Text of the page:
A traditional egg custard from Cheung’s mom is upgraded with American caviar, crispy shallots, and garlic. The smashed cucumber salad is also far from traditional. Cheung marinates the vegetable in red vinegar, garlic, and sesame oil, but adds another layer of flavor with house-smoked celtuce and trout roe. “It’s fresh, it’s light, it’s sweet, it’s sour, it’s smoky,” he says.

Queen's English
The “Wang Cheung Tonight” cocktail, a riff on a Manhattan, uses a Chinese herbal medicinal syrup. Photo by Jeff Elkins

Two barrel-aged cocktails riff off classics: a Manhattan incorporates Chinese herbal medicinal syrup, while negroni uses Chinese five-spice. You can order either boozy drink by the glass for $14 or in a mini barrel (which contains the equivalent of 11 cocktails) for $140. For something a little more crushable, try a mezcal concoction incorporating pineapple shrub with coconut vinegar and ashberry (a wild lemon peppercorn).

A lone Chinese lager is on the menu (Lucky Buddha), but the handful of beer options range from a Swiss pale ale to a Virginia gose. And though wine rarely gets much attention at Chinese restaurants, that’s not at all the case at Queen’s English.

“Everyone drinks beer because you need to crush a drink with this super umami, soy-based cuisine,” Thompson says. “So I wanted to steer clear of bone-dry anything and just quench everyone’s thirst.”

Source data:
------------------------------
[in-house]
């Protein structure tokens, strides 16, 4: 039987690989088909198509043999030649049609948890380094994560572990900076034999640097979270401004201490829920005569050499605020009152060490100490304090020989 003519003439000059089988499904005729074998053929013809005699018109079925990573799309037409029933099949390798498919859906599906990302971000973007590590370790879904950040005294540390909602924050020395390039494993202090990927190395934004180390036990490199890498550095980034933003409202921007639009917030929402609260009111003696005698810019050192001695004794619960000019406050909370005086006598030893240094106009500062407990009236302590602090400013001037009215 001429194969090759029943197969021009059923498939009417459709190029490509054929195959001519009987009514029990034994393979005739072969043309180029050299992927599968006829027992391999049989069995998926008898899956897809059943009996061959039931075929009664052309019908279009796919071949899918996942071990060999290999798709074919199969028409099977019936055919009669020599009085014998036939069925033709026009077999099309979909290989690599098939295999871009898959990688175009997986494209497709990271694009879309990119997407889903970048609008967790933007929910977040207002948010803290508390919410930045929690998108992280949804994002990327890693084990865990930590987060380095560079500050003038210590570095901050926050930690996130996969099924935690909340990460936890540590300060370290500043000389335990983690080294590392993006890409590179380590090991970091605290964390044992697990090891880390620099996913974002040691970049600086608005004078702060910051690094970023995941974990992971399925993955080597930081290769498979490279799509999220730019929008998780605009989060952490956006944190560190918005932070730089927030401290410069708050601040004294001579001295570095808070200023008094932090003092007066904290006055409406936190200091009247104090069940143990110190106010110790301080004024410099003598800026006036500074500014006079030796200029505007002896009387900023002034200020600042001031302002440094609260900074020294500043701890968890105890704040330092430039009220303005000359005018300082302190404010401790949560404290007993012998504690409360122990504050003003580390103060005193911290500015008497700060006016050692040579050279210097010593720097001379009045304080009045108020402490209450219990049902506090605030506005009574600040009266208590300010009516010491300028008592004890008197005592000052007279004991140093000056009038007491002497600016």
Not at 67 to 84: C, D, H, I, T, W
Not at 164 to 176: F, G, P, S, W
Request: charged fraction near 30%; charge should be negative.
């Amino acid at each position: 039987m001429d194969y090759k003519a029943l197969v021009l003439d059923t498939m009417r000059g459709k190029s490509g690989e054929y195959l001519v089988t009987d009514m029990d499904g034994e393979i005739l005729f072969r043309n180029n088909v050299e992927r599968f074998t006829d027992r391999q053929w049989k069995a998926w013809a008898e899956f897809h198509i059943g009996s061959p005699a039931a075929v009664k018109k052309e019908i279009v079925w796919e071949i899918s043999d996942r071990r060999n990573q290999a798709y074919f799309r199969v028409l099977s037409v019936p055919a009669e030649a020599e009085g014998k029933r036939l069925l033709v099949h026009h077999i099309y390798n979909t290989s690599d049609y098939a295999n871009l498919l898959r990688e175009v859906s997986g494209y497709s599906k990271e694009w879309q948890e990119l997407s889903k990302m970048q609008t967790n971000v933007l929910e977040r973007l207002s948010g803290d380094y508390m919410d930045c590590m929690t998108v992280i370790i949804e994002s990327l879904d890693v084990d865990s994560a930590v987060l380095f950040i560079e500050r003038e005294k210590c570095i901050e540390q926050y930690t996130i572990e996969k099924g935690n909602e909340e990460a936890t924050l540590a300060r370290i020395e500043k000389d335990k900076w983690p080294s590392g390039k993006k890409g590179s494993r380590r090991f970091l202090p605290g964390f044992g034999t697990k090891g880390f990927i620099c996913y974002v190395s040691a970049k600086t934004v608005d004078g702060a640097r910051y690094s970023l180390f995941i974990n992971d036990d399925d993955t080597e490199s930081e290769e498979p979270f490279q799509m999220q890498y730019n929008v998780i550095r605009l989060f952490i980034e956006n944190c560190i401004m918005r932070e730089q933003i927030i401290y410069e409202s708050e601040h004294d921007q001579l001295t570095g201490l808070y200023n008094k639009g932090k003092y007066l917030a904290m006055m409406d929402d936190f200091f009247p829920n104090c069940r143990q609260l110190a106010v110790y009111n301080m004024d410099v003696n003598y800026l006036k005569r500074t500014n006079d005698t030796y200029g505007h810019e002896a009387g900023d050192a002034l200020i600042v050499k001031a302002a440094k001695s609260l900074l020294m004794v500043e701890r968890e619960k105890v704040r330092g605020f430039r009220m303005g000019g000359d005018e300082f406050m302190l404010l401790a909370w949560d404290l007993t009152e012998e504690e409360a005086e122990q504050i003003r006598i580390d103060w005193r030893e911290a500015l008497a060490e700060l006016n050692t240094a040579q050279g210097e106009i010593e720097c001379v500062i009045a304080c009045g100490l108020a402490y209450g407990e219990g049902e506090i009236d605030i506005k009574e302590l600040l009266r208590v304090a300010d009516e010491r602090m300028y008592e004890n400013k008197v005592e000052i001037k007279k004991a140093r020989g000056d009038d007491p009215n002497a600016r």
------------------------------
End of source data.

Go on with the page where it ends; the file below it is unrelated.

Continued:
The “fresh and funky” list is heavy on natural wines from family-owned vineyards as well as “interesting grapes that you don’t often see,” Thompson says. In addition to reds, whites, roses, and orange wines, there’s also category for “a different color,” referring to bottles that incorporate both red and white grapes together. One that Thompson describes as “super fresh, juicy, almost grapefruit” comes from Texas, of all places.

The restaurant will be open for dinner only to start, but will eventually expand to Sunday brunch—just don’t think dim sum. Rather, Thompson and Cheung will model the menu after Hong Kong tea parlors that offer milk tea, coffee, egg sandwiches, pineapple buns, peanut butter French toast, or oddball dishes like tomato-and-macaroni.

Queen's English
The dining room has undergone a complete transformation from its days as the Good Silver. Photo by Jeff Elkins

The dining room plays off the old-school Chinatown restaurants decorated in red and gold. One friend custom-designed the wall paper, and another built the wood banquettes. But the couple’s first design pieces were two pendant lamps from the 1920s they bought in a vintage shop in Connecticut four years ago.

“We said, ‘One day we’re going to put it in our restaurant,'” Cheung says. “And from that, all of this happened.”

Queen’s English. 3410 11th St., NW. Open Tuesday through Thursday from 5:30 to 10:30 PM, Friday and Saturday from 5:30 to 11:30 PM. Sunday brunch to come. 

Jessica Sidman
Food Editor

Jessica Sidman covers the people and trends behind D.C.’s food and drink scene. Before joining Washingtonian in July 2016, she was Food Editor and Young & Hungry columnist at Washington City Paper. She is a Colorado native and University of Pennsylvania grad.